Product details

Publisher: 
Carswell
Practice area: 
Civil procedure
Jurisdiction: 
Ontario
Publication date: 
2021-08-20
Carswell

Watson & McGowan's Ontario Civil Practice 2022 Print and ProView

Availability: Partial Stock
Watson & McGowan's Ontario Civil Practice features expert commentary on how the rules of civil procedure are interpreted and applied in specific situations.

This reference set contains:
  • The indispensable Annual Survey of Recent Developments in Civil Litigation. It includes commentary on recent SCC jurisprudence
  • Thousands of case annotations
  • Ontario Court forms, fillable versions provided on ProView
  • Full text of the Rules of Civil Procedure, the Courts of Justice Act and related legislation, practice directions, Case Management Rules, and annotations in a bound hardcover.

New and Updated in this Edition:

  • Legislation is current to Ontario Gazette – Ontario Gazette Vol. 154:23 (June 5, 2021)
  • Recent amendments to:
    • Rules of Civil Procedure (Updated to O Reg 343/21)
    • Family Law Rules (Updated to O Reg 152/21)
    • Small Claims Court Rules (Updated to O. Reg. 249/21
    • Court of Justice Act, R.S.O. 1990, c.C.43 (Updated to SO 2021, c. 4, Sched. 3)
  • Updated forms
  • New Annual Survey of Recent Developments in Civil Procedure
  • All commentary, case law, Procedural Charts and rule highlights have been updated to take into account legislative amendments and additions to Practice Directions, Guidelines and Practice Advisories and recent case law.
  • About 250 new case digests of decisions made since the last edition, including:
    • Wiseau Studio, LLC v Harper, 2021 ONCA 31 (C.A.) – An extraordinary case where the Court of Appeal required the appellant-defendant to provide security for amount of the trial judgment pending hearing of the appeal.
    • Poirier v. Logan, 2021 ONSC 1633 (S.C.J.) – One of several recent cases where the court dismissed an action because the plaintiff settled with one defendant and did not immediately disclose the settlement to the remaining defendants.
    • Louis v. Poitras, 2021 ONCA 49 (C.A.) and several lower court decisions regarding whether to strike jury notices due to the Covid-19 pandemic.
    • Duggan v. Durham Region Non-Profit Housing Corporation, 2020 ONCA 788 (C.A.) – The Court of Appeal overruled previous authority and held a court may not bifurcate a non-jury trial without consent of all parties.
    • Uber Technologies Inc. v. Heller, 2020 SCC 18 (S.C.C.) - The Supreme Court of Canada refused to stay this uncertified class action pending arbitration overseas because the arbitration clause was unconscionable and invalid.
    • 1704604 Ontario Limited v. Pointes Protection Association, 2020 SCC 22 (S.C.C.) - The Supreme Court of Canada set out the analytical framework to determine whether a claim should be dismissed under the Anti-SLAPP provisions of the Courts of Justice Act.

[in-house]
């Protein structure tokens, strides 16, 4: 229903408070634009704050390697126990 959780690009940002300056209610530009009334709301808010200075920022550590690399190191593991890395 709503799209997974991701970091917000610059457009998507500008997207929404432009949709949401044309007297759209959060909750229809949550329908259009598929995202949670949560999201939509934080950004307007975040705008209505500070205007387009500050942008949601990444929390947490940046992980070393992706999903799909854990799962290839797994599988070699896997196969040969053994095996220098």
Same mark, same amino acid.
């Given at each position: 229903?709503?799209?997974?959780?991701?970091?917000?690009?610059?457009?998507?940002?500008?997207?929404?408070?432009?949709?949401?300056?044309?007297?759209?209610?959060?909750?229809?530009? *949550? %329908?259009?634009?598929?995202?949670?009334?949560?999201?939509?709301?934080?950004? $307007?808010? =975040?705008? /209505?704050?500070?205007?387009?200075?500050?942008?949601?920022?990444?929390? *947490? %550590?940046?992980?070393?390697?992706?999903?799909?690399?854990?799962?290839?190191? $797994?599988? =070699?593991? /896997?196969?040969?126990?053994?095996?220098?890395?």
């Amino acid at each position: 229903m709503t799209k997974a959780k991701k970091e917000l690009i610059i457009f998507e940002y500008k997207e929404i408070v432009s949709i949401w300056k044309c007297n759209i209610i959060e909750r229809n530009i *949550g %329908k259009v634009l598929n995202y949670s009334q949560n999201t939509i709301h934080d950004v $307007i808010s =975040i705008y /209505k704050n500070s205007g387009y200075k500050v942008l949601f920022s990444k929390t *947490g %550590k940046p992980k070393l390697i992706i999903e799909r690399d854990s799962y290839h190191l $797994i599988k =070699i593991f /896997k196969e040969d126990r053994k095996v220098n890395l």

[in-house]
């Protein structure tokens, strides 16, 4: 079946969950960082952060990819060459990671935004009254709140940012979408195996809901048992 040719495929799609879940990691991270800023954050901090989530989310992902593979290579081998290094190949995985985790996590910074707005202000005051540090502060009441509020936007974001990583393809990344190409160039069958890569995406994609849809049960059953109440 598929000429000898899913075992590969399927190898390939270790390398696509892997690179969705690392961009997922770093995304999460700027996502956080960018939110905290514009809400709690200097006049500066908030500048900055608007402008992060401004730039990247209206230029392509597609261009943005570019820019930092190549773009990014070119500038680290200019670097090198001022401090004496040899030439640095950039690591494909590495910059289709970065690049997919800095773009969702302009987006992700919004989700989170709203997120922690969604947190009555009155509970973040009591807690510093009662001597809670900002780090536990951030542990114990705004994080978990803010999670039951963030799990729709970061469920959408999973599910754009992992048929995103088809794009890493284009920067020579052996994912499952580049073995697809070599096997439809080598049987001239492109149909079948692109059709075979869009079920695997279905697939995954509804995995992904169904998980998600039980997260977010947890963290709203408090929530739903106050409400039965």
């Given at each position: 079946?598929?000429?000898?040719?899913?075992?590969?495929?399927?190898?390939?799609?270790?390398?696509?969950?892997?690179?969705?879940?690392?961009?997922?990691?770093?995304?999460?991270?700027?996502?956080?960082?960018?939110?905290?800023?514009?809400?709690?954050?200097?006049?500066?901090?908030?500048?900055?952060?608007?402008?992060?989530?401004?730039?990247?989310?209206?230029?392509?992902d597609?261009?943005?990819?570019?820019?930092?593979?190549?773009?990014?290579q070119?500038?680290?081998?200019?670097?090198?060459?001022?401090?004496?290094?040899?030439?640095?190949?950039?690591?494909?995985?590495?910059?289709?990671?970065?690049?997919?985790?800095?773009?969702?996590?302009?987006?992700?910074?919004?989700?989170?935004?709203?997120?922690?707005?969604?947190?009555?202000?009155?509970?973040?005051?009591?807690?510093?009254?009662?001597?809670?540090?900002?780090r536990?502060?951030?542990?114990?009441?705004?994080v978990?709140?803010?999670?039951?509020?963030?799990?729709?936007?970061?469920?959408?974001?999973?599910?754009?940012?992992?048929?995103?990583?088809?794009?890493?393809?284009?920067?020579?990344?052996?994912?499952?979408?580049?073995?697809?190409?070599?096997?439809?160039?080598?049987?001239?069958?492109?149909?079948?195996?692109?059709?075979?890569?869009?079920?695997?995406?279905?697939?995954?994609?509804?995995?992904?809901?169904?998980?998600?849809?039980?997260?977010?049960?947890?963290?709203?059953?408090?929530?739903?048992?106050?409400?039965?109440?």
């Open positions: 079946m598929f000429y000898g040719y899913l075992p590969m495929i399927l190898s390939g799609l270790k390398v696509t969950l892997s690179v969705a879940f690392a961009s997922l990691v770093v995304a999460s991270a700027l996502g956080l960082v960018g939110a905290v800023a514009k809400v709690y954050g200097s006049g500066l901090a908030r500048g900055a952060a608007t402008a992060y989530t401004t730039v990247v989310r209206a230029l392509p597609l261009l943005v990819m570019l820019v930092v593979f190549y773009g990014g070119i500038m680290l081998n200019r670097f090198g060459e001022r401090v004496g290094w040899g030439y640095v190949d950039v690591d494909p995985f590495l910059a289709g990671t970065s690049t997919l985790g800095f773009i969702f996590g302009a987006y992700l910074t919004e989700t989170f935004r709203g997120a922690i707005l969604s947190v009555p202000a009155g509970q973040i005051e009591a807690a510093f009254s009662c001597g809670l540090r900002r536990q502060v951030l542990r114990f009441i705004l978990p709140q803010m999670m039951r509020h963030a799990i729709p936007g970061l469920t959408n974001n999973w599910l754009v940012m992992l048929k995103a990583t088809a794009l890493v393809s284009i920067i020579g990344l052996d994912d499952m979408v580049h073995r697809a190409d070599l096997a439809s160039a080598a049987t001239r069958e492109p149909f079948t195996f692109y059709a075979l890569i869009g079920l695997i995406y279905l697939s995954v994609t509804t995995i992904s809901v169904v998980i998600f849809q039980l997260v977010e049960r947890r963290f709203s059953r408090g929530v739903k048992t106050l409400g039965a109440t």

• Girao v. Cunningham, 2020 ONCA 260 (C.A.) – The Court of Appeal held that a trial judge has a duty to assist a self-represented litigant, and opposing counsel, as officers of the court, have a duty to provide basic fairness to a self-represented litigant.
    • Bent v. Platnick, 2020 SCC 23 (S.C.C.) - A closely divided Supreme Court of Canada refused to dismiss under the Anti-SLAPP provisions of the Courts of Justice Act a claim by an expert witness against an officer of a lawyers’ association who criticized him.
    • Bruno v. Dacosta, 2020 ONCA 602 (C.A.) – The Court of Appeal re-emphasized that evidentiary rulings must be properly considered. Trial judges must avoid the temptation to rule all evidence admissible subject to their later assessment of weight. That is legal heresy.
    • The Catalyst Capital Croup Inc. v. Dundee Kilmer Developments Limited Partnership, 2020 ONCA 272, 150 O.R. (3d) 449 (C.A.) - Court of Appeal held that, although rule 21.01(1)(b) can be used to deal with claims involving contractual interpretation, summary judgment is generally more appropriate as such claims usually involve mixed questions of fact and law and require a consideration of the factual matrix.

Standing order subscribers are entitled to receive the Practice Advisor, a biweekly email designed to keep you up-to-date on legislative and case law changes, at no extra charge, upon request.

About Thomson Reuters ProView

ProView is the way to read Thomson Reuters eBooks and eLooseleafs, published primarily for legal, accounting, human resources, and tax professions. The Thomson Reuters ProView web-based application is accessed via your browser. With the new ProView web app, offline capability is now available from your browser. The web application has a responsive design and is compatible with desktop, laptop and mobile devices.